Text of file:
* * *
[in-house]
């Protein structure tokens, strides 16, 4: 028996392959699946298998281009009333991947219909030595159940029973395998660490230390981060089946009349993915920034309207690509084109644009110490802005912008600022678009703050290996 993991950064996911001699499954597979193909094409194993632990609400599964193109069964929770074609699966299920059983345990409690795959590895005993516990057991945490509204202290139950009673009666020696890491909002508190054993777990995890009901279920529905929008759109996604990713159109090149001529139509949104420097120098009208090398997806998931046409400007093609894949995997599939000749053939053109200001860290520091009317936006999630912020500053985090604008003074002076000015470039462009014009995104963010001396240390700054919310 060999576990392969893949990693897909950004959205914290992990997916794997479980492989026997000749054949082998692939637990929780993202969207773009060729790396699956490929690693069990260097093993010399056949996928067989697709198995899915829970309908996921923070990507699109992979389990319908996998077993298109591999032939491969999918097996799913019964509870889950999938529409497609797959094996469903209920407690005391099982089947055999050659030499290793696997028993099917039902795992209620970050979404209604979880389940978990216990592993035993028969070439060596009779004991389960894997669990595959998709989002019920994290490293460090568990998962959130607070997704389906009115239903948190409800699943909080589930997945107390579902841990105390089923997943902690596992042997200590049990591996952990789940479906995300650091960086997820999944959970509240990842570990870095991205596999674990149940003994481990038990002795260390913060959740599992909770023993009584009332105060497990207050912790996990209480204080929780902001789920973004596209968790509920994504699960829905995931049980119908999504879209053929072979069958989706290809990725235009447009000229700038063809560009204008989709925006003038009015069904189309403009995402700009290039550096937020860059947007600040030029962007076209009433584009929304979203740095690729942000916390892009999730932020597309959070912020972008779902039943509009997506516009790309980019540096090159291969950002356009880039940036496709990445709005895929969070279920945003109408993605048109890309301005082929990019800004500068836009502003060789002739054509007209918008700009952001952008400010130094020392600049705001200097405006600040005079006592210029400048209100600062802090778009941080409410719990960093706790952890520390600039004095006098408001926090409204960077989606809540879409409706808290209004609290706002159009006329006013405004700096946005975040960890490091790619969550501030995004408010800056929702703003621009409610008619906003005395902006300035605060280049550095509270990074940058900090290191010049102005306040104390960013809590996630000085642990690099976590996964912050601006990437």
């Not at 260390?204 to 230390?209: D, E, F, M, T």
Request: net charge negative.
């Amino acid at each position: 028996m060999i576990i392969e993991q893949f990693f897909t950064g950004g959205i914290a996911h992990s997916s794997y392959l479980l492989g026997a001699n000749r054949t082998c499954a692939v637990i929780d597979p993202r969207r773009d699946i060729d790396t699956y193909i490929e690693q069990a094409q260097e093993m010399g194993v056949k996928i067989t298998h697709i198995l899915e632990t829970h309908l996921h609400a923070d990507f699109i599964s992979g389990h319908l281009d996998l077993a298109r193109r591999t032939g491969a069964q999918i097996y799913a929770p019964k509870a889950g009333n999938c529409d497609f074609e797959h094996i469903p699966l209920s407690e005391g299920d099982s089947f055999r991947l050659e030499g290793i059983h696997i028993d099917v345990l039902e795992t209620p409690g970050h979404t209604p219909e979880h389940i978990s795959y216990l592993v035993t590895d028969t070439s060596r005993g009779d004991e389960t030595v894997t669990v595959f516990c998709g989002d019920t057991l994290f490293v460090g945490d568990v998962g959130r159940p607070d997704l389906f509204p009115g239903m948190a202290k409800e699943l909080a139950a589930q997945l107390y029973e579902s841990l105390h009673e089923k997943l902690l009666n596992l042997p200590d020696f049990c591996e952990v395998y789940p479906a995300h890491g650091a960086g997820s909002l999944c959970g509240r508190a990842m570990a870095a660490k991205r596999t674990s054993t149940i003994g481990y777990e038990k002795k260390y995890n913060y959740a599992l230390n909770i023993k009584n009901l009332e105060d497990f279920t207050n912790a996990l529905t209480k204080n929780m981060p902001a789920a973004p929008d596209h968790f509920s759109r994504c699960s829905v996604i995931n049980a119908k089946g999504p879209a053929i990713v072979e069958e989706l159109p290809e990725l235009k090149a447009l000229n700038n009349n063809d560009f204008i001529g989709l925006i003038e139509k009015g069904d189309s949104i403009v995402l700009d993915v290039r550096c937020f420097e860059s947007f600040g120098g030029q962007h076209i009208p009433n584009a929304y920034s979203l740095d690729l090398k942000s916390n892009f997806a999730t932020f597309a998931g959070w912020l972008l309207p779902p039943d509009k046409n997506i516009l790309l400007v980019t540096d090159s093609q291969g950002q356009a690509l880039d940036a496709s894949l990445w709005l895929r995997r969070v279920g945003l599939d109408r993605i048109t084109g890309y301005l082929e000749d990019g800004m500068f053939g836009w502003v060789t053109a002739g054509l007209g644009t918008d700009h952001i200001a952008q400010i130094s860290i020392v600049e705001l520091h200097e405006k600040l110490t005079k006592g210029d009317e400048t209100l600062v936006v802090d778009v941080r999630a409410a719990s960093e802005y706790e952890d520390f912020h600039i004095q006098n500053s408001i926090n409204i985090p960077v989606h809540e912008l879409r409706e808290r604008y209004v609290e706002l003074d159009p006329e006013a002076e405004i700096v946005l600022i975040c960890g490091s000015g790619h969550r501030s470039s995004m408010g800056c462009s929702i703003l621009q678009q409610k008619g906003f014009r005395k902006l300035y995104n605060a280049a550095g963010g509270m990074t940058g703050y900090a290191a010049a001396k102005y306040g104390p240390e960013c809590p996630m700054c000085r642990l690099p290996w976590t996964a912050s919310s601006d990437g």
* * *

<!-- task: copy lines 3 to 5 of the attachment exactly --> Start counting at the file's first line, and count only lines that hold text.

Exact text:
């Not at 260390?204 to 230390?209: D, E, F, M, T």
Request: net charge negative.
């Amino acid at each position: 028996m060999i576990i392969e993991q893949f990693f897909t950064g950004g959205i914290a996911h992990s997916s794997y392959l479980l492989g026997a001699n000749r054949t082998c499954a692939v637990i929780d597979p993202r969207r773009d699946i060729d790396t699956y193909i490929e690693q069990a094409q260097e093993m010399g194993v056949k996928i067989t298998h697709i198995l899915e632990t829970h309908l996921h609400a923070d990507f699109i599964s992979g389990h319908l281009d996998l077993a298109r193109r591999t032939g491969a069964q999918i097996y799913a929770p019964k509870a889950g009333n999938c529409d497609f074609e797959h094996i469903p699966l209920s407690e005391g299920d099982s089947f055999r991947l050659e030499g290793i059983h696997i028993d099917v345990l039902e795992t209620p409690g970050h979404t209604p219909e979880h389940i978990s795959y216990l592993v035993t590895d028969t070439s060596r005993g009779d004991e389960t030595v894997t669990v595959f516990c998709g989002d019920t057991l994290f490293v460090g945490d568990v998962g959130r159940p607070d997704l389906f509204p009115g239903m948190a202290k409800e699943l909080a139950a589930q997945l107390y029973e579902s841990l105390h009673e089923k997943l902690l009666n596992l042997p200590d020696f049990c591996e952990v395998y789940p479906a995300h890491g650091a960086g997820s909002l999944c959970g509240r508190a990842m570990a870095a660490k991205r596999t674990s054993t149940i003994g481990y777990e038990k002795k260390y995890n913060y959740a599992l230390n909770i023993k009584n009901l009332e105060d497990f279920t207050n912790a996990l529905t209480k204080n929780m981060p902001a789920a973004p929008d596209h968790f509920s759109r994504c699960s829905v996604i995931n049980a119908k089946g999504p879209a053929i990713v072979e069958e989706l159109p290809e990725l235009k090149a447009l000229n700038n009349n063809d560009f204008i001529g989709l925006i003038e139509k009015g069904d189309s949104i403009v995402l700009d993915v290039r550096c937020f420097e860059s947007f600040g120098g030029q962007h076209i009208p009433n584009a929304y920034s979203l740095d690729l090398k942000s916390n892009f997806a999730t932020f597309a998931g959070w912020l972008l309207p779902p039943d509009k046409n997506i516009l790309l400007v980019t540096d090159s093609q291969g950002q356009a690509l880039d940036a496709s894949l990445w709005l895929r995997r969070v279920g945003l599939d109408r993605i048109t084109g890309y301005l082929e000749d990019g800004m500068f053939g836009w502003v060789t053109a002739g054509l007209g644009t918008d700009h952001i200001a952008q400010i130094s860290i020392v600049e705001l520091h200097e405006k600040l110490t005079k006592g210029d009317e400048t209100l600062v936006v802090d778009v941080r999630a409410a719990s960093e802005y706790e952890d520390f912020h600039i004095q006098n500053s408001i926090n409204i985090p960077v989606h809540e912008l879409r409706e808290r604008y209004v609290e706002l003074d159009p006329e006013a002076e405004i700096v946005l600022i975040c960890g490091s000015g790619h969550r501030s470039s995004m408010g800056c462009s929702i703003l621009q678009q409610k008619g906003f014009r005395k902006l300035y995104n605060a280049a550095g963010g509270m990074t940058g703050y900090a290191a010049a001396k102005y306040g104390p240390e960013c809590p996630m700054c000085r642990l690099p290996w976590t996964a912050s919310s601006d990437g």